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A 37-year-old pregnant woman at 39 weeks of gestation, gravida 3, para 2, with a history of uncomplicated spontaneous vaginal deliveries at term, presented to the emergency department with lower abdominal cramps and watery vaginal discharge that started 2 hours before. Vaginal examination confirmed ruptured membranes, 3 cm cervical dilation, 30% effacement, and a mass of umbilical cord loops was presenting. Transvaginal ultrasound demonstrated an agglomerate of umbilical cord loops lying between the internal os and the fetal head (figures 1 and 2). Due to the imminent possibility of overt cord prolapse, an emergent caesarean section was performed, with the delivery of a newborn weighing 3640 g, Apgar score 9 at 1 min and 10 at 5 min.
Cord presentation (also known as funic presentation) is a rare condition with a reported incidence ranging from 0.006% to 0.16% in third trimester scans,1 and is defined as the presence of the umbilical cord between the fetal presenting part and the cervix, with or without intact membranes.2 To the best of our knowledge, no studies have addressed detection of this condition during labour, therefore, incidence and optimal management are not established. The main concern regarding cord presentation relates to an increased risk of cord prolapse and associated perinatal morbi-mortality.3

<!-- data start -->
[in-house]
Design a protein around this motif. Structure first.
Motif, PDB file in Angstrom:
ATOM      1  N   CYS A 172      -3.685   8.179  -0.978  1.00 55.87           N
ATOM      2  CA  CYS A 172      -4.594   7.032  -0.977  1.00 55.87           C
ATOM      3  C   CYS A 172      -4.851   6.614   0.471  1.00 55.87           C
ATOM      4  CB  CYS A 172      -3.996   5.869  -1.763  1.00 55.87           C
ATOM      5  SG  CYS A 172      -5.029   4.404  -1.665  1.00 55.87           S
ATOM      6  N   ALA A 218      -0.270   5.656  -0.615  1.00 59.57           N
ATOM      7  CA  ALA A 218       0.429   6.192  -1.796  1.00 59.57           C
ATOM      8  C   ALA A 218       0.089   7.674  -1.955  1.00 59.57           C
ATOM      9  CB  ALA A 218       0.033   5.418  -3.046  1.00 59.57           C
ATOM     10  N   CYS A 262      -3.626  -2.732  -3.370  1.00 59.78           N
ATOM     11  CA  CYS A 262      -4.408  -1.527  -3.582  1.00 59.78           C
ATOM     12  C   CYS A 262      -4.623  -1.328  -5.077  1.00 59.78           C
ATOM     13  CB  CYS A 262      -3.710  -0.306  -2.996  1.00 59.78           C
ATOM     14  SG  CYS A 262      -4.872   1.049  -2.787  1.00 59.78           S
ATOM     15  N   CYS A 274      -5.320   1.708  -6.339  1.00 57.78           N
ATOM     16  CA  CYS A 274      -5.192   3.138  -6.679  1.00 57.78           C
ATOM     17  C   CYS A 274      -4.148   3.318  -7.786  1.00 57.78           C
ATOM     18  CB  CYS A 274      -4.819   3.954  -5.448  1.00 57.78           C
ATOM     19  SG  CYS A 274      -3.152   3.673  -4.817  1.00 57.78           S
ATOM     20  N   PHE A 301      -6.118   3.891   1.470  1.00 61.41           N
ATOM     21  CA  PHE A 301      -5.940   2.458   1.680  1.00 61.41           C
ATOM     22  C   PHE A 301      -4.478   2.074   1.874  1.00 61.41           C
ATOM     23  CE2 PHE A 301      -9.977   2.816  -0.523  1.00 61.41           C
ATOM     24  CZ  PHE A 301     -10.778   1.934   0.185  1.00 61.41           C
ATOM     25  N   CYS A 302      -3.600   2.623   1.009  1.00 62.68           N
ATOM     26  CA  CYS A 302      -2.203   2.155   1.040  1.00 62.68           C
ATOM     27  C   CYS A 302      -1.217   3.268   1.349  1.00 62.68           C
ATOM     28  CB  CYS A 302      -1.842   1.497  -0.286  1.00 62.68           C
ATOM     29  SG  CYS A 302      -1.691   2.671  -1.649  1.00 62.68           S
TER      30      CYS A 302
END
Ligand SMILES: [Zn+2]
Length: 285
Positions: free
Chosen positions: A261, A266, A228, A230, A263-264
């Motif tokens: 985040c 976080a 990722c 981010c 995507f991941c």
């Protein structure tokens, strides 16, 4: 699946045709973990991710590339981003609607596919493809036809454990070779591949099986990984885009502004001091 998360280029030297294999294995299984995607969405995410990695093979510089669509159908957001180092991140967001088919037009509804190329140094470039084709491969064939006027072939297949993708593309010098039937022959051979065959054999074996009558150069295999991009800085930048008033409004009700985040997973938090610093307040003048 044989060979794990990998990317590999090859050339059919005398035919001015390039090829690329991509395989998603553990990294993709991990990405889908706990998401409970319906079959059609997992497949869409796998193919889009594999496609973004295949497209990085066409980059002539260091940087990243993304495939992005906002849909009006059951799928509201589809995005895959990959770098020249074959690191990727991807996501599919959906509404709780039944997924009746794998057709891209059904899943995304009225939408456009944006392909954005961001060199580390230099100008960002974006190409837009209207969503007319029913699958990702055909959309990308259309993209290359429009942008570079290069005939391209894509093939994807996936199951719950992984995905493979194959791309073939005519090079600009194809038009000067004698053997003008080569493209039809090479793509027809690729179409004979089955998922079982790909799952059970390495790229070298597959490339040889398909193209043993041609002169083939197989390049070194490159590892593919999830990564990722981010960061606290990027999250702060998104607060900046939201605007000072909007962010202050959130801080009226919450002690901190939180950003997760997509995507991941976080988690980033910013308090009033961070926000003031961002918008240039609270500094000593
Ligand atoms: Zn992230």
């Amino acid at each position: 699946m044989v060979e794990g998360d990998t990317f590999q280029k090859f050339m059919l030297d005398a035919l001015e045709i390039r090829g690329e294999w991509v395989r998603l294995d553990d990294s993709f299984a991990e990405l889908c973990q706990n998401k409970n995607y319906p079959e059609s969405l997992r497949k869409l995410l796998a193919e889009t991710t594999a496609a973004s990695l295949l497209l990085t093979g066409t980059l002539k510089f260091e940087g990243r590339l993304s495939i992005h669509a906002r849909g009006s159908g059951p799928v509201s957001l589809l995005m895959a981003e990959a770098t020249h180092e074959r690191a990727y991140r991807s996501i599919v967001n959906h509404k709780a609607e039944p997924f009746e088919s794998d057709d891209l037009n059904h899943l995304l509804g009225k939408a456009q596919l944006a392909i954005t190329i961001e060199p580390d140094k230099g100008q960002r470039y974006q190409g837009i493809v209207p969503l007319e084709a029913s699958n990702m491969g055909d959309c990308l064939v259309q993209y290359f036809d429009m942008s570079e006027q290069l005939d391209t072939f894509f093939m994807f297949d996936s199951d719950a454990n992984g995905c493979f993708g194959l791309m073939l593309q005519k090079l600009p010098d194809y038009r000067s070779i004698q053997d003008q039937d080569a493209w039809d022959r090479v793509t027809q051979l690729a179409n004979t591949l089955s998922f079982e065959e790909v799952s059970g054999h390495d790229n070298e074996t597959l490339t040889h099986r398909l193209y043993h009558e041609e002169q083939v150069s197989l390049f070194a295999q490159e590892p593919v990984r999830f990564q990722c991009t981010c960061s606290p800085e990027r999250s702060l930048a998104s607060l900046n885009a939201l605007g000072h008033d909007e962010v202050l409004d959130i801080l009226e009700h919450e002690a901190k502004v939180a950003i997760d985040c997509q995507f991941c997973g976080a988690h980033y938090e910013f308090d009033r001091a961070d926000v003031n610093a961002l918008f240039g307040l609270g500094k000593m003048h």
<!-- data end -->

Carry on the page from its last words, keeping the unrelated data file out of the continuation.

Suspicion may arise during vaginal examination but the diagnosis may not clear. Ultrasound can confirm the diagnosis by showing the presence of umbilical cord between the fetal presenting part and the cervix.
Spontaneous resolution by time of delivery can occur when the diagnosis is established during third trimester scan. However, the combination of ruptured membranes and cord presentation during labour precedes an inevitable cord prolapse, as cervical dilation progress. Therefore, we agree with the majority of authors recommending caesarean section when funic presentation is found during labour.4
Cord presentation is a rare condition during labour, associated with imminent risk of cord prolapse.
Diagnosis may be suspected during vaginal examination and is confirmed by ultrasound.
Caesarean section is recommended when diagnosis is established during labour.
Contributors All authors were responsible for the diagnosis and management of the case reported. Dr TA was responsible for writing of the report. Dr JCG and Professor TR were responsible for the corrections before submission of the document.
Funding The authors have not declared a specific grant for this research from any funding agency in the public, commercial or not-for-profit sectors.
Competing interests None declared.
Provenance and peer review Not commissioned; externally peer reviewed.
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